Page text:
DISEASE FROM PHOSPHORUS.
The introduction of the manufacture of phosphorous, or lucifer, matches, which commenced about forty-three years ago, created a new form of disease, caused by the inhalation of the phosphorous vapors given off from the phosphorus. This disease, an extremely painful one, affected the jawbone of the worker, causing necrosis or death of the bone. It was not detected until the year 1s45, when it became well defined in the public hospitals at Vienna. To Dr. Letheby we are indebted for the first light that was shed on the subject in this country. The mischiefs, when they oc curred, were all produced by the use of white phosphorus, the common phosphorus of commerce. In the match manufacture the fumes of the phosphorus were inhaled at every step in the process, from the stirring of the mixture, through the dipping, to the boxing of the matches. While the disease was extant I made a very careful investigation of it in respect to its develop meat and course, and reported the facts in one of my lectures on the " Medical History of Diseases of the Tt eth," delivered in 1s5s, and published in 1s60. The facts, briefly described from that lecture, are that the symptom first complained of was pain, deep seated in the teeth, and having, usually, one tooth for its centre. It was not a toothache, nor was it strictly confined to the particular tooth, but extended steadily and persistently along the lower jaw, and was much intensified when the jaw was gently percussed or struck. In time the disease became concentrated in the jaw; a slow inflammatory process occurred and a thickening of the bone, ending in death of the bony structure, with attempts, in parts, at regeneration. In short, what is called a true necrosis was devel oped. In the worst cases, where the patient was not relieved by operative measures, hectic supervened, with copious night-sweats, extreme pain, and even death from exhaustion. It was remark able that no bones except those of the jaw were affected, even in the worst cases, so that the disease was purely local, and, indeed, was disconnected from the other symptoms of phosphorous I inferred that the malady was due to a volatile acid of phosphorus, which was absorbed by the saliva, and affected the jawbone whenever the teeth became unsound and the alveolus, or edge of the jawbone, became exposed. This view accounted for many of the anomalies, namely, that the lower jawbone alone was affected, that the enamel of the teeth escaped injury, and that workers whose teeth generally were sound escaped the injury altogether.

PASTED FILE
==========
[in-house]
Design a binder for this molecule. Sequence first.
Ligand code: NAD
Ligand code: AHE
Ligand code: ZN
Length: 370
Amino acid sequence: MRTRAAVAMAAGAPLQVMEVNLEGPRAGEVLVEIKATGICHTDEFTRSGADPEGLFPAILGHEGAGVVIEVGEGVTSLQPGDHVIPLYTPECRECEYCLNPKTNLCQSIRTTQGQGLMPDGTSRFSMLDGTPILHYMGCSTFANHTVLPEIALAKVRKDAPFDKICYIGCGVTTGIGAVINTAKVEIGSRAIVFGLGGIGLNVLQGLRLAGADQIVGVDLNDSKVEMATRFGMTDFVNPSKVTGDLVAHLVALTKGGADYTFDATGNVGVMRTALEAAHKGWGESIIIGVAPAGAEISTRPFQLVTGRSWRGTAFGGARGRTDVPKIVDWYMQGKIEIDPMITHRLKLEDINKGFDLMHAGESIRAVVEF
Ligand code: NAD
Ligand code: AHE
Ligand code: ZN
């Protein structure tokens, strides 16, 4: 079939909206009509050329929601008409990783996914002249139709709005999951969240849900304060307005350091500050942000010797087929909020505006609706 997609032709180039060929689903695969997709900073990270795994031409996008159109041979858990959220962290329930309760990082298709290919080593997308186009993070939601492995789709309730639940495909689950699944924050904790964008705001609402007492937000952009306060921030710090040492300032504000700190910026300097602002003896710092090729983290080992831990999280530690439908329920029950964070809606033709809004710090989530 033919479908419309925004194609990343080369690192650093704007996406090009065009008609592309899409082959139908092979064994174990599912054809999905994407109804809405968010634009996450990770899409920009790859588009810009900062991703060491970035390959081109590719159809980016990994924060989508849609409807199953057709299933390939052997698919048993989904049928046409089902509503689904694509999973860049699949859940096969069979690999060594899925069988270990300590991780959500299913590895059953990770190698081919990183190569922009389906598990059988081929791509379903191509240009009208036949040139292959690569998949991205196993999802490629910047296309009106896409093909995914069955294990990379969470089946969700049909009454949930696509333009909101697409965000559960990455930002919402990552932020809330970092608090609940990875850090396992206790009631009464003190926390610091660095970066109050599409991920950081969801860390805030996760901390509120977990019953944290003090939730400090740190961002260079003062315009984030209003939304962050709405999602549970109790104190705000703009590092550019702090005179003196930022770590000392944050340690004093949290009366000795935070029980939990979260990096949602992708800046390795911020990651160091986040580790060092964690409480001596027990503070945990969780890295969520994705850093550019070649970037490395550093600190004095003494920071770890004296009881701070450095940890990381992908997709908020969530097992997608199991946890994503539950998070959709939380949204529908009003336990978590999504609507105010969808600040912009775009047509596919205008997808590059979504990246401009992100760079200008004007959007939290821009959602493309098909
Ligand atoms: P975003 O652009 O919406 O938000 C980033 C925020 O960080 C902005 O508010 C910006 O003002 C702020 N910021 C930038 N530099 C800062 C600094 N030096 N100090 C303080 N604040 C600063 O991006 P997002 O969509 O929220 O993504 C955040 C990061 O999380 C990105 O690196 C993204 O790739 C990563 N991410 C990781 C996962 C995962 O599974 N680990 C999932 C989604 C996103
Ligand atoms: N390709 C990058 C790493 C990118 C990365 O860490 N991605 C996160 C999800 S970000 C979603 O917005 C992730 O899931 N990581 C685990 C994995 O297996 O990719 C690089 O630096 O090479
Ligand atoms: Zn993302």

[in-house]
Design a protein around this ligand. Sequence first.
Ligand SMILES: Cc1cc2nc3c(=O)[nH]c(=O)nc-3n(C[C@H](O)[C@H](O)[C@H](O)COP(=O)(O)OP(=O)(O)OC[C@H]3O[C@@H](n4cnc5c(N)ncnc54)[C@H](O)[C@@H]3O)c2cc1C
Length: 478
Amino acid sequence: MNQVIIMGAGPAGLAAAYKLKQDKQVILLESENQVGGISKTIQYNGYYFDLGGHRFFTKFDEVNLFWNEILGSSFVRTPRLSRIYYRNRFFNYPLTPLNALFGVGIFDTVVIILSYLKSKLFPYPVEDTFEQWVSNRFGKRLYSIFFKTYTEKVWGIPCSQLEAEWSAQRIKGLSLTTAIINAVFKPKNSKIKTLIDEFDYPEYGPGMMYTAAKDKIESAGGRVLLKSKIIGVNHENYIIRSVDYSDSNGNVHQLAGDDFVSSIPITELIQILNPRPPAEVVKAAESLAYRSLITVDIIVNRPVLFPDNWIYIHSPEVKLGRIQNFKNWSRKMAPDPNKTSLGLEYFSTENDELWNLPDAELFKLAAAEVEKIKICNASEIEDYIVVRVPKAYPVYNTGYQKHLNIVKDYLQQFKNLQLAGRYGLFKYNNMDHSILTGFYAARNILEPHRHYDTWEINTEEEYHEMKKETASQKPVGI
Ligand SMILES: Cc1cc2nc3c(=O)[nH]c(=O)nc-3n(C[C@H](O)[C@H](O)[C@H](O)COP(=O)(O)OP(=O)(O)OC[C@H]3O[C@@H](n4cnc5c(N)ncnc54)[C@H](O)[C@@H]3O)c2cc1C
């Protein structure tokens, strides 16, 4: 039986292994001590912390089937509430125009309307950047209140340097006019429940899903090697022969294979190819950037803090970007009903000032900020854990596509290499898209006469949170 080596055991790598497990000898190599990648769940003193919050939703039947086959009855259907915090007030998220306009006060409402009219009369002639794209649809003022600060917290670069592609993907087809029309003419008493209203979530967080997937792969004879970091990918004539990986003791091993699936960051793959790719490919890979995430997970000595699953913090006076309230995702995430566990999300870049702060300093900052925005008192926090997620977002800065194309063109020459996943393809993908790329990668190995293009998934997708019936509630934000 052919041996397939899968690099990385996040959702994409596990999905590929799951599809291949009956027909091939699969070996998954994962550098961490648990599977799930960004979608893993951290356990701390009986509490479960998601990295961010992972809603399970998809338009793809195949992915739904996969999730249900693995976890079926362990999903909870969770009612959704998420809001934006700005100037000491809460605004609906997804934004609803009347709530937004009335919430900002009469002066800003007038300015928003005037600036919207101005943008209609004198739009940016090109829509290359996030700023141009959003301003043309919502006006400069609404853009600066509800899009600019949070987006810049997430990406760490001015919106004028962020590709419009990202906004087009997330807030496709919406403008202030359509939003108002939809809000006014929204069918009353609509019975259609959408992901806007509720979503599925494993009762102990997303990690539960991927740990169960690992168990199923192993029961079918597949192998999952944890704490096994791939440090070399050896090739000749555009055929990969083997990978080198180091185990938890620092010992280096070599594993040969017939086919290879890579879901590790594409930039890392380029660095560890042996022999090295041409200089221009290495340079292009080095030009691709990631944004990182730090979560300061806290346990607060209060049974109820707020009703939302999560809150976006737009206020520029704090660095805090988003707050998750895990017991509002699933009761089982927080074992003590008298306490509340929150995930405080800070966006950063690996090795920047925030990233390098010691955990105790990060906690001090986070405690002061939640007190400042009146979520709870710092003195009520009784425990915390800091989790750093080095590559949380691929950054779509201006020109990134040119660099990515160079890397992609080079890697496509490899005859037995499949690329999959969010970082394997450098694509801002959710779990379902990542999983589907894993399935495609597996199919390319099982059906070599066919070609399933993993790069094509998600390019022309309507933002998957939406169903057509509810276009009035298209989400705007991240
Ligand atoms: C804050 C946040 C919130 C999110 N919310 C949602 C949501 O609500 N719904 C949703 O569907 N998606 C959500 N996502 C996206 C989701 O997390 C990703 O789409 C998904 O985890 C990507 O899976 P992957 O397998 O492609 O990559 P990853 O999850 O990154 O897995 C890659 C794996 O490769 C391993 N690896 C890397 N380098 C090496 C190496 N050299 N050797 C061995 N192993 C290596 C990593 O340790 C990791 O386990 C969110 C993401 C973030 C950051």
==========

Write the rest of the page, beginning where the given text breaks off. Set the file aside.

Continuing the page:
When the phosphorus disease once commenced, it continued in progress over periods of one, two, or even three years. It was in some cases so localized in its extent that only the teeth came out; in others it extended through the whole of the bone. I com pared it, in 1s5s, to a chemical destruction of the bone, with in flammation from the irritation produced by the foreign products of decomposition. I see no reason to modify that definition.
In treating of the phosphorus disease, I have spoken of it in the past tense. I have done so because, fortunately, the affection is now all but extinct. The discovery made by Lundstrum, of Sweden, that red or amorphous phosphorus could be applied for the production of matches, led to a complete revolution in the match making business, and to the introduction of what is called the safety match. By this plan the red amorphous and practically innocuous phosphorus was placed on the box, and the combustible substance put on the match was made of materials that were per fectly harmless to health.